Keep reading... Show less
The daily empowerment fix you need.
Make things inbox official.

I don't know who needs to hear this, but sis, it's time for you to start having better sex. And not for the obvious reasons. Yes, we all know that sex is great for boosting the immune system, improving your sleep, clearing your skin, and is a form of preventative medicine. But did you also know that sex is a great inclusion to your manifestation practices? When exercised properly, your orgasms can be the gateway to getting the things you ultimately want in life. This can be achieved through a little-known practice called "sex magic."

Keep reading... Show less

Not to toot my horn or anything but I have a natural six-pack. Whether I exercise or not, it’s right there — showin’ out and off. Here’s the challenge, though — as I’ve gotten older, it’s been easier and easier for a layer or two of fat to cover it, so I’ve had to get real with myself about the fact that drinking IZZEs all day and eating ice cream late at night are not the way to go if I still want my natural six-pack to make an appearance.

Keep reading... Show less

For the leading fellas of Freeform’s college comedy-drama, grown-ish, graduation season is quickly approaching, forcing Aaron (Trevor Jackson), Doug (Diggy Simmons), Vivek (Jordan Buhat), and Luca (Luka Sabbat) to come to grips with what life after Cal-U will have in store. As the beaus find themselves crossed between self-induced drama and campus tea, the forthcoming season will bring the cohort of lads closer to the reality of the end of one chapter and the start of something new.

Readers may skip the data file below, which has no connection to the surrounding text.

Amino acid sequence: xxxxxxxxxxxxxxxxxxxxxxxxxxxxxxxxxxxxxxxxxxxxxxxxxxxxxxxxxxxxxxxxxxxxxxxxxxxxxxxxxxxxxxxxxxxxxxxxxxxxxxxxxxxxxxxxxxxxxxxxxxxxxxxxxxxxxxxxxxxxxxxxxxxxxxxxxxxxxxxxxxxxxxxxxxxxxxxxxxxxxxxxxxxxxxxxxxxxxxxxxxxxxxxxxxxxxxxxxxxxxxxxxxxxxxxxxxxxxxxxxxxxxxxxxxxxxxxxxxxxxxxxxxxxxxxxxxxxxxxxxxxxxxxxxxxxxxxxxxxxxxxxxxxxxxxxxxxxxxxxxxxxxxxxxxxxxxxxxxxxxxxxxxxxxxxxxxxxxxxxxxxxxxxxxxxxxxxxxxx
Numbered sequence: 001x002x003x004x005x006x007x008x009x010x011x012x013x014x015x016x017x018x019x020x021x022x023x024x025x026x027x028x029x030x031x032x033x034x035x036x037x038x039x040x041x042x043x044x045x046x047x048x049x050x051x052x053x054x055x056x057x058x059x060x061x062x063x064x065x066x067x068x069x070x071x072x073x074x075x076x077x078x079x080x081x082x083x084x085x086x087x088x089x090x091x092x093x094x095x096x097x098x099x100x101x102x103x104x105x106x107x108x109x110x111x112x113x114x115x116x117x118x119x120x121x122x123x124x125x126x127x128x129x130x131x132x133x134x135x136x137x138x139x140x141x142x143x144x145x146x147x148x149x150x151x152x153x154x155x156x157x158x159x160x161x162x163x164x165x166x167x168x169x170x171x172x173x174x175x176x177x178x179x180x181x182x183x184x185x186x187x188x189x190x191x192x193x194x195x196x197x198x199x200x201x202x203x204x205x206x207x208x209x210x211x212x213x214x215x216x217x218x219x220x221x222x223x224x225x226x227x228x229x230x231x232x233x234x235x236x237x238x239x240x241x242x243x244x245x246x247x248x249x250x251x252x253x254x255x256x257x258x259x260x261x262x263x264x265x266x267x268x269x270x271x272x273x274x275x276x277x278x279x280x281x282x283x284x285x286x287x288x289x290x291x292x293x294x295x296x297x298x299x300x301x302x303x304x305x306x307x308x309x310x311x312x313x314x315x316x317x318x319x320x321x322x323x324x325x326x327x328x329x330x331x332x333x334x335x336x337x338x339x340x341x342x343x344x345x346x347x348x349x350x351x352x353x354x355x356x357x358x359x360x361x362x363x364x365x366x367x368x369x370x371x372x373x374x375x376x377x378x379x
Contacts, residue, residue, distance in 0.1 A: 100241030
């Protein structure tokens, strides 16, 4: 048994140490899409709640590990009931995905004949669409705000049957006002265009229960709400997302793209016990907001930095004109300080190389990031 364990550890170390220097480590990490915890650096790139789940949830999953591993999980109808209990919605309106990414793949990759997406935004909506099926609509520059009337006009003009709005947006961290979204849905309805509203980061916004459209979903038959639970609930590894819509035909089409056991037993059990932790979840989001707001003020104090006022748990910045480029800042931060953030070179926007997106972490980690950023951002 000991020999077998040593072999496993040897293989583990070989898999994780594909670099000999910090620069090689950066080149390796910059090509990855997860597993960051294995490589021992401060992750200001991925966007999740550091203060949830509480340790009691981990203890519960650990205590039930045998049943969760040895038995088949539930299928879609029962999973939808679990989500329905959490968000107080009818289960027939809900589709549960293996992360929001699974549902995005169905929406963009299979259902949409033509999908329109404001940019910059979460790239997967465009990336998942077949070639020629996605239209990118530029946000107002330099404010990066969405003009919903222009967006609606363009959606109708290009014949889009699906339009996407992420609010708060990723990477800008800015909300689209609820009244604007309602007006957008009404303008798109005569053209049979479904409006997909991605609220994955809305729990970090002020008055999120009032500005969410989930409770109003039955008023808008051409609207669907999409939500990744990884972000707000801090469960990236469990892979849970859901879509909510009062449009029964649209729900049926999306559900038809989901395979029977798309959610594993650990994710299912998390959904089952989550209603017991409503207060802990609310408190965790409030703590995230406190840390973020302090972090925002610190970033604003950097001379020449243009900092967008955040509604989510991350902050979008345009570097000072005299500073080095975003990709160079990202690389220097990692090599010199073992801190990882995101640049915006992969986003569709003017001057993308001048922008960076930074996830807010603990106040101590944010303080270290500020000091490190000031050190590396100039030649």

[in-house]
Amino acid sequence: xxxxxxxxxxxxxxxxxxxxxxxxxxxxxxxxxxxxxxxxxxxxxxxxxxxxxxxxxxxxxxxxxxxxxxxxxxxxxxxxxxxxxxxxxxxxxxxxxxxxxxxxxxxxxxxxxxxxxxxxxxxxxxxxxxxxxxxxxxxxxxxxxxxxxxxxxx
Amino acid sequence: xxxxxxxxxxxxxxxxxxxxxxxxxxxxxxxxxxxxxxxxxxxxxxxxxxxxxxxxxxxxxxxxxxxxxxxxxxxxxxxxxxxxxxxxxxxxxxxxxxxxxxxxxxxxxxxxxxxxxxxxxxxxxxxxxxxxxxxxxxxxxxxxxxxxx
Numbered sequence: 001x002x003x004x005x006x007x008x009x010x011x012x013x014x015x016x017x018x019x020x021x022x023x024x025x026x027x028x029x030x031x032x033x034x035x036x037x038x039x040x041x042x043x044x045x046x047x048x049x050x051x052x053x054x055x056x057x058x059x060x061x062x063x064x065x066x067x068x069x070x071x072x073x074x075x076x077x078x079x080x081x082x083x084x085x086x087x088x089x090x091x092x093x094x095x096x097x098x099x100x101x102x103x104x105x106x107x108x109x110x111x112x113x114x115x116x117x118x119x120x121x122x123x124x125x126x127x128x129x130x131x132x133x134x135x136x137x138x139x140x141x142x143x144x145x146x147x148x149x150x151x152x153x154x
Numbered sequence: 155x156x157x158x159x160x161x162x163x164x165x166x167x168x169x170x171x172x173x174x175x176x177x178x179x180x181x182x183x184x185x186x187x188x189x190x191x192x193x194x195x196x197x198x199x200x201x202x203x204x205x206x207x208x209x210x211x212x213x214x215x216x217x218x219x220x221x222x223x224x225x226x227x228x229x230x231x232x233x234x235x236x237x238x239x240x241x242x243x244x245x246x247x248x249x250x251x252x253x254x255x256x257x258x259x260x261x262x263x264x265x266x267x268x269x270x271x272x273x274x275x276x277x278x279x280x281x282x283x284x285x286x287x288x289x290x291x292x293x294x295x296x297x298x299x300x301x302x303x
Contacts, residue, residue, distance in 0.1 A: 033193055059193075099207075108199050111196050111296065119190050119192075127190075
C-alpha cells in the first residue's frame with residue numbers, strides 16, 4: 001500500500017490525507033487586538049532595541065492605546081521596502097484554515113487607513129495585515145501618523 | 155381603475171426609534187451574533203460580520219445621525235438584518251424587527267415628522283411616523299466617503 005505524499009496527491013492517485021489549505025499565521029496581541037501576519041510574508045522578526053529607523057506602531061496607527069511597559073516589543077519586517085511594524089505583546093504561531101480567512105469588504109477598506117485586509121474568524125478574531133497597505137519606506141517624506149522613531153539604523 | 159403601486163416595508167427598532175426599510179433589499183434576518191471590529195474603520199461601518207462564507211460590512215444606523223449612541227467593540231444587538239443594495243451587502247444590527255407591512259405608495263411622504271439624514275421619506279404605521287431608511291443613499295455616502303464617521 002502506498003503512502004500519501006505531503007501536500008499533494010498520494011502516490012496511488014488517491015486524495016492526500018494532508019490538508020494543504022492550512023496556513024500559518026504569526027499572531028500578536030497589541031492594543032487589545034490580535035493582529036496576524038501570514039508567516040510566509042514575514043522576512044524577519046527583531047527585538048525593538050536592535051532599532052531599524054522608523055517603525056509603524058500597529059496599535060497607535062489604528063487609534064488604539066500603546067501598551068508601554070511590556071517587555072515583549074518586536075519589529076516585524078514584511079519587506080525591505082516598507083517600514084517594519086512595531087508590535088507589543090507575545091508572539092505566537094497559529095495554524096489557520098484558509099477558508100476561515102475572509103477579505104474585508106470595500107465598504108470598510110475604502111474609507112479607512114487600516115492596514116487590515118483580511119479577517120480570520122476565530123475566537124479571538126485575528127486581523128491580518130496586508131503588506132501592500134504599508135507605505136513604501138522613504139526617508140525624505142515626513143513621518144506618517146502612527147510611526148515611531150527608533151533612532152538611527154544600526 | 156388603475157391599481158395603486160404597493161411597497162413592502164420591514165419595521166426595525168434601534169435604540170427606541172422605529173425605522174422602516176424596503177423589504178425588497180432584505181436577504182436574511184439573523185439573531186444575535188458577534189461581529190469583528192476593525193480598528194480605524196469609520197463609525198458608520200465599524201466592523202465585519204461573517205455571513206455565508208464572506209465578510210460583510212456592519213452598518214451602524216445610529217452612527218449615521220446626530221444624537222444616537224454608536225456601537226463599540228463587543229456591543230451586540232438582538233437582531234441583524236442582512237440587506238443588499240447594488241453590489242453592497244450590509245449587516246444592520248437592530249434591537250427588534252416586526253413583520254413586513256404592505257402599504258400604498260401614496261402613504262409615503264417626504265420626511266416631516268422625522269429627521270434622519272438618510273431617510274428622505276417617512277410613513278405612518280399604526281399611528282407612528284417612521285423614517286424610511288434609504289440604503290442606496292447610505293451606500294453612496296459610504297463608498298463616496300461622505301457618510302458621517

Keep reading... Show less

Lori Harvey’s foray into modeling might not be what you think. While she models sexy fits on Instagram, she isn’t what you would call an Instagram model. If you look at her resume, you will see that she has walked runways for luxury brands such as Dolce and Gabbana and has been featured in campaigns for Chanel and most recently Burberry. At 5’3'' with a curvy frame, Lori isn’t your traditional model, and she dealt with body insecurities when she first entered the fashion industry.

Keep reading... Show less
Exclusive Interviews
Latest Posts